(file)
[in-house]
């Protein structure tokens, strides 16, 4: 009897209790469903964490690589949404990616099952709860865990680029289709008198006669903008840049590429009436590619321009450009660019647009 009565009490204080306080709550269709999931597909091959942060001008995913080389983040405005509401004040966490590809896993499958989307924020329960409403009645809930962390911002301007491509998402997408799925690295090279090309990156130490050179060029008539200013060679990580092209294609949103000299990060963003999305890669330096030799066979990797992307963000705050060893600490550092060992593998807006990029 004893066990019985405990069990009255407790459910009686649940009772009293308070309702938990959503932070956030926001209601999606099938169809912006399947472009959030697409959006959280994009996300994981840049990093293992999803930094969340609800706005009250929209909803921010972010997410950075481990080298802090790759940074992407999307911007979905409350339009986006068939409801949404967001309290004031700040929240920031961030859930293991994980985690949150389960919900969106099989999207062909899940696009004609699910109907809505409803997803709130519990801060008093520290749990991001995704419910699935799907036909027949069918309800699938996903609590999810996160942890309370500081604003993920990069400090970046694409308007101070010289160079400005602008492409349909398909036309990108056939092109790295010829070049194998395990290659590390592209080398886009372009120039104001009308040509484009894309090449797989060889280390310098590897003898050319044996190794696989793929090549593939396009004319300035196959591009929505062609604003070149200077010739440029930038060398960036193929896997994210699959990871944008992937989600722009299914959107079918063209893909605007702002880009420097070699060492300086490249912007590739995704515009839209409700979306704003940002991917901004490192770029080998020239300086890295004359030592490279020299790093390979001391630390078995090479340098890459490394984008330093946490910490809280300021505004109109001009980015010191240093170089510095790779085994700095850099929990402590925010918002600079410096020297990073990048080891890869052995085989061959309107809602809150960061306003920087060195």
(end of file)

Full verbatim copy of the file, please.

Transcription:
[in-house]
């Protein structure tokens, strides 16, 4: 009897209790469903964490690589949404990616099952709860865990680029289709008198006669903008840049590429009436590619321009450009660019647009 009565009490204080306080709550269709999931597909091959942060001008995913080389983040405005509401004040966490590809896993499958989307924020329960409403009645809930962390911002301007491509998402997408799925690295090279090309990156130490050179060029008539200013060679990580092209294609949103000299990060963003999305890669330096030799066979990797992307963000705050060893600490550092060992593998807006990029 004893066990019985405990069990009255407790459910009686649940009772009293308070309702938990959503932070956030926001209601999606099938169809912006399947472009959030697409959006959280994009996300994981840049990093293992999803930094969340609800706005009250929209909803921010972010997410950075481990080298802090790759940074992407999307911007979905409350339009986006068939409801949404967001309290004031700040929240920031961030859930293991994980985690949150389960919900969106099989999207062909899940696009004609699910109907809505409803997803709130519990801060008093520290749990991001995704419910699935799907036909027949069918309800699938996903609590999810996160942890309370500081604003993920990069400090970046694409308007101070010289160079400005602008492409349909398909036309990108056939092109790295010829070049194998395990290659590390592209080398886009372009120039104001009308040509484009894309090449797989060889280390310098590897003898050319044996190794696989793929090549593939396009004319300035196959591009929505062609604003070149200077010739440029930038060398960036193929896997994210699959990871944008992937989600722009299914959107079918063209893909605007702002880009420097070699060492300086490249912007590739995704515009839209409700979306704003940002991917901004490192770029080998020239300086890295004359030592490279020299790093390979001391630390078995090479340098890459490394984008330093946490910490809280300021505004109109001009980015010191240093170089510095790779085994700095850099929990402590925010918002600079410096020297990073990048080891890869052995085989061959309107809602809150960061306003920087060195």